• 16S rDNA;
  • anaerobic digestion;
  • biogas digester;
  • denaturing gradient gel electrophoresis (DGGE);
  • microbial community;
  • pig manure


Aims:  To identify the bacterial and archaeal composition in a mesophilic biogas digester treating pig manure and to compare the consistency of two 16S rDNA-based methods to investigate the microbial structure.

Methods and results:  Sixty-nine bacterial operational taxonomic units (OTU) and 25 archaeal OTU were identified by sequencing two 16S rDNA clone libraries. Most bacterial OTU were identified as phyla of Firmicutes (47·2% of total clones), Bacteroides (35·4%) and Spirochaetes (13·2%). Methanoculleus bourgensis (29·0%), Methanosarcina barkeri (27·4%) and Methanospirillum hungatei (10·8%) were the dominant methanogens. Only 9% of bacterial and 20% of archaeal OTU matched cultured isolates at a similarity index of ≥97%. About 78% of the dominant bacterial (with abundance >3%) and 83% of archaeal OTU were recovered from the denaturing gradient gel electrophoresis (DGGE) bands of V3 regions in 16S rDNAs.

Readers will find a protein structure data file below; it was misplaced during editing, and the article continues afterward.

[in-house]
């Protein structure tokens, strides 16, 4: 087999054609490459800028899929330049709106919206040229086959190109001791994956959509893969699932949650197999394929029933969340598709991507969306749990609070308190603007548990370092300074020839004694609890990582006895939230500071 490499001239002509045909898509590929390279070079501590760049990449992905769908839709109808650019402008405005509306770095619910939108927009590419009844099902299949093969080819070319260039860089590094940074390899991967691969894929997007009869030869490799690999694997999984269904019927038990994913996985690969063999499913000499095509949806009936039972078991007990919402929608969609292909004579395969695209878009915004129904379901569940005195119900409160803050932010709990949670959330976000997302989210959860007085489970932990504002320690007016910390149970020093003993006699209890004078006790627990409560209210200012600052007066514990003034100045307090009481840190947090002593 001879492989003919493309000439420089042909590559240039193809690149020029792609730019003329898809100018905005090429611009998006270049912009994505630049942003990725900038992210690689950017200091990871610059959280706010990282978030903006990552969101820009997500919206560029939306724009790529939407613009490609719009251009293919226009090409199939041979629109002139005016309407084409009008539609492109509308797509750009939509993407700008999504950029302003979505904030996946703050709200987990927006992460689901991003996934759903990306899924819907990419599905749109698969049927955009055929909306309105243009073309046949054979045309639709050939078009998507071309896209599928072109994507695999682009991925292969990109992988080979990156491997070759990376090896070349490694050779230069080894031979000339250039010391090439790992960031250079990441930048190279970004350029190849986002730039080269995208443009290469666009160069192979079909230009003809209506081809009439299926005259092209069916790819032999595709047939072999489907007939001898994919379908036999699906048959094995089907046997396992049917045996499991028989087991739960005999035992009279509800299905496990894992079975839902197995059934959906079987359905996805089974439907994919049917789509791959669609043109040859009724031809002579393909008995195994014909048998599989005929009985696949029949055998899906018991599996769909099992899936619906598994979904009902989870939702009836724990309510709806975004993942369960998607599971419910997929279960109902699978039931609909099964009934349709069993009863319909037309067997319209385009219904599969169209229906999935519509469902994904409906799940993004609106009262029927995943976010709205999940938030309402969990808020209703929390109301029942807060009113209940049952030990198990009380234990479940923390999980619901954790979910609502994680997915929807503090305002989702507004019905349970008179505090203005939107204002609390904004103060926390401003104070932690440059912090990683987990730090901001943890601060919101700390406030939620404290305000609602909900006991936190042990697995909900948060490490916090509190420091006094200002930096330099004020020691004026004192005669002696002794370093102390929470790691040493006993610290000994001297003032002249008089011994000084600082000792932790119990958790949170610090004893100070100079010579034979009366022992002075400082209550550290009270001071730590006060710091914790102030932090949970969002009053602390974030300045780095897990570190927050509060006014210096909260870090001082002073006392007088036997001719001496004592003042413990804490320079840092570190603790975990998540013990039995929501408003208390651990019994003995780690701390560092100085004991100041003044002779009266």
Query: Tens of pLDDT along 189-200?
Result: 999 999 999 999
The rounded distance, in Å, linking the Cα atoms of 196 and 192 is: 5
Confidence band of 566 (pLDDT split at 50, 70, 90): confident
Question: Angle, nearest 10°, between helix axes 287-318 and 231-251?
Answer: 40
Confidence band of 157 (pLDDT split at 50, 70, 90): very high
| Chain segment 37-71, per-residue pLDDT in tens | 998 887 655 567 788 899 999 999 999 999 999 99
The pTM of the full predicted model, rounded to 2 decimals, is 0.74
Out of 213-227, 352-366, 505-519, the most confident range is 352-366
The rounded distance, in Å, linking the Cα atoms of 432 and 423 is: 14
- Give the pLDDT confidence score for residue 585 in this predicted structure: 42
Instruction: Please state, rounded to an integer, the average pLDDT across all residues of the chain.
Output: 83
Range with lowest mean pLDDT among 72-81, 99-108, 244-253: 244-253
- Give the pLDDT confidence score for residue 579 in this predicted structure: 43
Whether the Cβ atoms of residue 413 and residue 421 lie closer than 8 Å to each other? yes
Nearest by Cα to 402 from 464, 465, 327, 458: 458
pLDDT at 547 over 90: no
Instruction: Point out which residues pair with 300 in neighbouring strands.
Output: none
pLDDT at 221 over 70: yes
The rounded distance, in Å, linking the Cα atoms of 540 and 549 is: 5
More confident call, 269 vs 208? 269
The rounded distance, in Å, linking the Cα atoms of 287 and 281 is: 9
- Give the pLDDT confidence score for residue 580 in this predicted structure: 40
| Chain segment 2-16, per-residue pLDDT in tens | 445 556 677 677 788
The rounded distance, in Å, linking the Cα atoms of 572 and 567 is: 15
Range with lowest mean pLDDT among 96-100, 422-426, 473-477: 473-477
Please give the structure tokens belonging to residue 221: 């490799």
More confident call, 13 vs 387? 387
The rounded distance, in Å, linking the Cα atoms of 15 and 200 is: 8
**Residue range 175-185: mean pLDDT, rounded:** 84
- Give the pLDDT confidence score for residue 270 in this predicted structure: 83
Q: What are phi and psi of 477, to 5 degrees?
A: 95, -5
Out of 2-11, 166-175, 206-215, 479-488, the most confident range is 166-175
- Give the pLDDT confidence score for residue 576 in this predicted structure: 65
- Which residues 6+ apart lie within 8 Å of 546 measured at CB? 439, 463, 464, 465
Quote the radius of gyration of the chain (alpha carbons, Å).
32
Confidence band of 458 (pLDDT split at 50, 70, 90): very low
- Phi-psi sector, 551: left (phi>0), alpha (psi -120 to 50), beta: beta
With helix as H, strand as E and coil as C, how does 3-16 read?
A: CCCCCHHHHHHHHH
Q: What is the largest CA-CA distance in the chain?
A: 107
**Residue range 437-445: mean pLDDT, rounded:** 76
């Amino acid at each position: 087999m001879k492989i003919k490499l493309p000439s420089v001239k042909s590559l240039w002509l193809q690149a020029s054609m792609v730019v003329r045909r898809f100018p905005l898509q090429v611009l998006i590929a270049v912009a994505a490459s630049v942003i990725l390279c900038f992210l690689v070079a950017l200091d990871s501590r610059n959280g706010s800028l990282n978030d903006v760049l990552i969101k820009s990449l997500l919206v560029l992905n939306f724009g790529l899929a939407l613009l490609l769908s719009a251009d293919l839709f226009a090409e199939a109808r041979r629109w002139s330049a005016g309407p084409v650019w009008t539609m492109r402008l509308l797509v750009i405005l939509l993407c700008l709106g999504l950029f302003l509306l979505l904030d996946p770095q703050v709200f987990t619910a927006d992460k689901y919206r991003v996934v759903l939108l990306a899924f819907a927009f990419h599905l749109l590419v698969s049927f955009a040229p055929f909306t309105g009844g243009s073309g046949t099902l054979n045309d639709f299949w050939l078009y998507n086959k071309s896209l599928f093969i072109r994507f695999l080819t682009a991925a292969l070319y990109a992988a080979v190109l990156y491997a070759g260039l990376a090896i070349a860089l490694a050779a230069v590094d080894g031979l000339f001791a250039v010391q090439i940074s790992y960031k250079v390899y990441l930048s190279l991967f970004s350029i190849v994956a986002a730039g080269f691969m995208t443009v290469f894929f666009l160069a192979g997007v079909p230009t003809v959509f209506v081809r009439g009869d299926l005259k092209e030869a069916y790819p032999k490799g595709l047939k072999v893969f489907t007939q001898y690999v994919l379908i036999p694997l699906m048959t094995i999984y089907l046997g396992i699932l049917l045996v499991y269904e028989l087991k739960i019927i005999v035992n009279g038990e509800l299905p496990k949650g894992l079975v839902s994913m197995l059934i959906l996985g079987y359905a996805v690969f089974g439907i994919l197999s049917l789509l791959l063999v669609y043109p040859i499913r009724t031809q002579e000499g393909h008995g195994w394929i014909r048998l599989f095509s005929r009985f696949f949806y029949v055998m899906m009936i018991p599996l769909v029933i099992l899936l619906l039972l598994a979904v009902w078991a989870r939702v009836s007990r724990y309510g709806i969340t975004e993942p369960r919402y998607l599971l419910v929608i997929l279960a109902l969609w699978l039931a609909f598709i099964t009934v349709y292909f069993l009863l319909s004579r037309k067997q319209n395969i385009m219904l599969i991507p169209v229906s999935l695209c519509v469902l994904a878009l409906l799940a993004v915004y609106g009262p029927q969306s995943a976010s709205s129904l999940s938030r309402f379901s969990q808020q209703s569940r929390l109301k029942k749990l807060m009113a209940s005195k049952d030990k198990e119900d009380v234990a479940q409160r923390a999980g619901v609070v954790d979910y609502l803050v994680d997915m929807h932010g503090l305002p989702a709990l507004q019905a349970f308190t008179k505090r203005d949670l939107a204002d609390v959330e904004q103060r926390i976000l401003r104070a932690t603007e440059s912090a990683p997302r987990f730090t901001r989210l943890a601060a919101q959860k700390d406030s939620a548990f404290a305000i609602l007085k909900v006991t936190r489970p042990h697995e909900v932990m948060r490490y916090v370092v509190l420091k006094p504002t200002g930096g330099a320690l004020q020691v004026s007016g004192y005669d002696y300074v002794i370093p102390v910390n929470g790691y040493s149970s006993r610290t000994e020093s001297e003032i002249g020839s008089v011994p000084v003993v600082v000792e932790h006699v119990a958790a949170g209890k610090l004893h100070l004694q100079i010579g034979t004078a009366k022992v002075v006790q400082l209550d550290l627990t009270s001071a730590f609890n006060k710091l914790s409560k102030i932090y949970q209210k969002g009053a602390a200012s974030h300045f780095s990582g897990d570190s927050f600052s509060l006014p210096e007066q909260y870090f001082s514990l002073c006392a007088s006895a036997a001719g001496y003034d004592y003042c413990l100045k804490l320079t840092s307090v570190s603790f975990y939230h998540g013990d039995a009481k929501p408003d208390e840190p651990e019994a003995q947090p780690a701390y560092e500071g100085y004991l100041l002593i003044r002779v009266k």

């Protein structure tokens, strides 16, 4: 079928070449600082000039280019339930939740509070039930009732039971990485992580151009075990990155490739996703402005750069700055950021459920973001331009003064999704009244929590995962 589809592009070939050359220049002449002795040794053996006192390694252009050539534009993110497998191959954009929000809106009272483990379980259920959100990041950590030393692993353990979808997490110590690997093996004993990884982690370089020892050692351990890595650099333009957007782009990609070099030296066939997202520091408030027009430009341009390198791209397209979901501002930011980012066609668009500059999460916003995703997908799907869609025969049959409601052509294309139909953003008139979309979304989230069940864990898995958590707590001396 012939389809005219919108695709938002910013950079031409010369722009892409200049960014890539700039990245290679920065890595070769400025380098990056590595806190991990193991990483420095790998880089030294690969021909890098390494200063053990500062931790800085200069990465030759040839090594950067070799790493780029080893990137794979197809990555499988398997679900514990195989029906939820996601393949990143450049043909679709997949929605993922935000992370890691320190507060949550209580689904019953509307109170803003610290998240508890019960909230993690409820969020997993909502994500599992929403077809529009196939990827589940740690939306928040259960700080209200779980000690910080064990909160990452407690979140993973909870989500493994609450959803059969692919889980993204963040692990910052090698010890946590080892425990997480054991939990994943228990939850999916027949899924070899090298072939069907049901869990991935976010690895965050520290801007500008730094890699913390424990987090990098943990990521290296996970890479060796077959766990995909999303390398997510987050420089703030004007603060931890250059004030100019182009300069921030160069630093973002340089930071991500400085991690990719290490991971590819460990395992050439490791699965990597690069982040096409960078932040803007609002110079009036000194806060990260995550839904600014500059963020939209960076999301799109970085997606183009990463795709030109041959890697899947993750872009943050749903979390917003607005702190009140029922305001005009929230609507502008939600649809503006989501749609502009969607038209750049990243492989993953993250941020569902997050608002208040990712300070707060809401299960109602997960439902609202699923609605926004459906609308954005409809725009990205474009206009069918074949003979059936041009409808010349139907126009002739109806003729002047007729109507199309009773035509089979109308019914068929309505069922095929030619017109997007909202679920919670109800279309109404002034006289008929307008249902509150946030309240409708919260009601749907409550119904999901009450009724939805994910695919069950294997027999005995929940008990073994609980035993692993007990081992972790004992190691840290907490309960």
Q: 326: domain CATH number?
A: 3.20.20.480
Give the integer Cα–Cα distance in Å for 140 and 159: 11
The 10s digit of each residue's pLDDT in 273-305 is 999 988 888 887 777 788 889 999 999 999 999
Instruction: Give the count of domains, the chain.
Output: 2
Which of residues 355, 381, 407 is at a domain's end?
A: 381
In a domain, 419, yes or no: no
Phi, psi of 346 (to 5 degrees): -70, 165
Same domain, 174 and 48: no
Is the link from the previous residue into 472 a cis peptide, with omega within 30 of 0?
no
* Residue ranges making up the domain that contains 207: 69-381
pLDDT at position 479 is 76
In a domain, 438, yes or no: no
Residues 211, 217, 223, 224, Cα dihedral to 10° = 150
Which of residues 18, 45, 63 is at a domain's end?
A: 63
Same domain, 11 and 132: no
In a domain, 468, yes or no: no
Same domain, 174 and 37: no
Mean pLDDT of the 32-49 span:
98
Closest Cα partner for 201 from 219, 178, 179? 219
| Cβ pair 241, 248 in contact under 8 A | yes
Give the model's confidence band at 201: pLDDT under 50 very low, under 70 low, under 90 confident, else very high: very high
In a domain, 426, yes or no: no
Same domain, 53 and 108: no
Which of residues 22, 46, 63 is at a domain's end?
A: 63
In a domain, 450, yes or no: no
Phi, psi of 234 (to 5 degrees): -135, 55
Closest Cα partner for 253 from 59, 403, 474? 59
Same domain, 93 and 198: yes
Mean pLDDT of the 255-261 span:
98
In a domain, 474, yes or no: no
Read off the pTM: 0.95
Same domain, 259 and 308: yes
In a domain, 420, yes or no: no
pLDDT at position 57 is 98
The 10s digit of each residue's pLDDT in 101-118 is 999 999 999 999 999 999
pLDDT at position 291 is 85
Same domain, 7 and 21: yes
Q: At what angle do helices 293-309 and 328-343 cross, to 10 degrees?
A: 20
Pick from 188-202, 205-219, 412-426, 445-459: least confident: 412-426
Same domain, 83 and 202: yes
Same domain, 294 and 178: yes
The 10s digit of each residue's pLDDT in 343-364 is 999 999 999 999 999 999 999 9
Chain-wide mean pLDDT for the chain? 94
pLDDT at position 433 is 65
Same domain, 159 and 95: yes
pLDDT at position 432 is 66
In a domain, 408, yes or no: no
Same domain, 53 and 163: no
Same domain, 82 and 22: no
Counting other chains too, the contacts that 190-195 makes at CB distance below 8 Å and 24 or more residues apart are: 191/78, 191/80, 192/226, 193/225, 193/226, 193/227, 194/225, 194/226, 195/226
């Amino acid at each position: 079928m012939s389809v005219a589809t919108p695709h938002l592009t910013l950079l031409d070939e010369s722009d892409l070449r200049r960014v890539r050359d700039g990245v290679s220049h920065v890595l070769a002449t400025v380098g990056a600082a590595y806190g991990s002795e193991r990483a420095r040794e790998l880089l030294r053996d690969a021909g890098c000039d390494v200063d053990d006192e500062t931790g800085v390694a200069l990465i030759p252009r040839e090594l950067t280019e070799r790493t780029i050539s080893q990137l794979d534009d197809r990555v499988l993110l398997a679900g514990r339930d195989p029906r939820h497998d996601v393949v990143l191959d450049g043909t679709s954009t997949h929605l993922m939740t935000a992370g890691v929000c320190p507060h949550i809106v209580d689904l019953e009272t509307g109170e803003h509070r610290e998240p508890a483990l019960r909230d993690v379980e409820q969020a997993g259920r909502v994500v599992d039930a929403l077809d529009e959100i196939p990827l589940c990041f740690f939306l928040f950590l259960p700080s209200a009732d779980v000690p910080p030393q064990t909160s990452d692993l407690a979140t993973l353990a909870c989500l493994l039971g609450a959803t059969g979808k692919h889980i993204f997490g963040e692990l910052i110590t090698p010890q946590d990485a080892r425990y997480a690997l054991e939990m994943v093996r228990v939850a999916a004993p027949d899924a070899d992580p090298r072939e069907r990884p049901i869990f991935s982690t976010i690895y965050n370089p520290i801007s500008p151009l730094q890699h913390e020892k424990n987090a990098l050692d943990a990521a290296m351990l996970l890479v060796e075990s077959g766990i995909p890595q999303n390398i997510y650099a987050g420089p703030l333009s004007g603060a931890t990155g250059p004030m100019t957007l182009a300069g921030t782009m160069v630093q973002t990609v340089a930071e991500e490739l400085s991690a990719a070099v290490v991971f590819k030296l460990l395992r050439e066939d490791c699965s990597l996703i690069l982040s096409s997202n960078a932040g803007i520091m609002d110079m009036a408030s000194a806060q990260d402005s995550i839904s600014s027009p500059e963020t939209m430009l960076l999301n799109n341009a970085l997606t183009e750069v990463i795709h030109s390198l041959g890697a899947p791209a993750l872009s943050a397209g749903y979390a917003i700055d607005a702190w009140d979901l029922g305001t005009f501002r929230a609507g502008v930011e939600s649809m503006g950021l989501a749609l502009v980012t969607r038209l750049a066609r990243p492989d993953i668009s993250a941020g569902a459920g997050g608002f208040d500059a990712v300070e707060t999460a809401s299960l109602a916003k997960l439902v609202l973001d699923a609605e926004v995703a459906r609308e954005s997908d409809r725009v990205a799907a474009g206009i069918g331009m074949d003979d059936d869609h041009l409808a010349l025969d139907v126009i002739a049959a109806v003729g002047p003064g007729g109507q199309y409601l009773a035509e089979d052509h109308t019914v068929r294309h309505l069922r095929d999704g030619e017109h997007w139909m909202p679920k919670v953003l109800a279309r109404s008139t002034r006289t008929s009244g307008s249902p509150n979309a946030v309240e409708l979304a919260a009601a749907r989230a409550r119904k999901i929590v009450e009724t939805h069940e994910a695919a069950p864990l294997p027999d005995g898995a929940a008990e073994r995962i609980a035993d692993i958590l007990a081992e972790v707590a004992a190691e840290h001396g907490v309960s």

Conclusions:  In the digester, most bacterial and archaeal species were uncultured; bacteria belonging to Firmicutes, Bacteroides and Spirochaetes seem to take charge of cellulolysis, proteolysis, acidogenesis, sulfur-reducing and homoacetogenesis; the most methanogens were typical hydrogenotrophic or hydrogenotrophic/aceticlastic; DGGE profiles reflected the dominant microbiota.

Significance and Impact of the Study:  This study gave a first insight of the overall microbial structure in a rural biogas digester and also indicated DGGE was useful in displaying its dominant microbiota.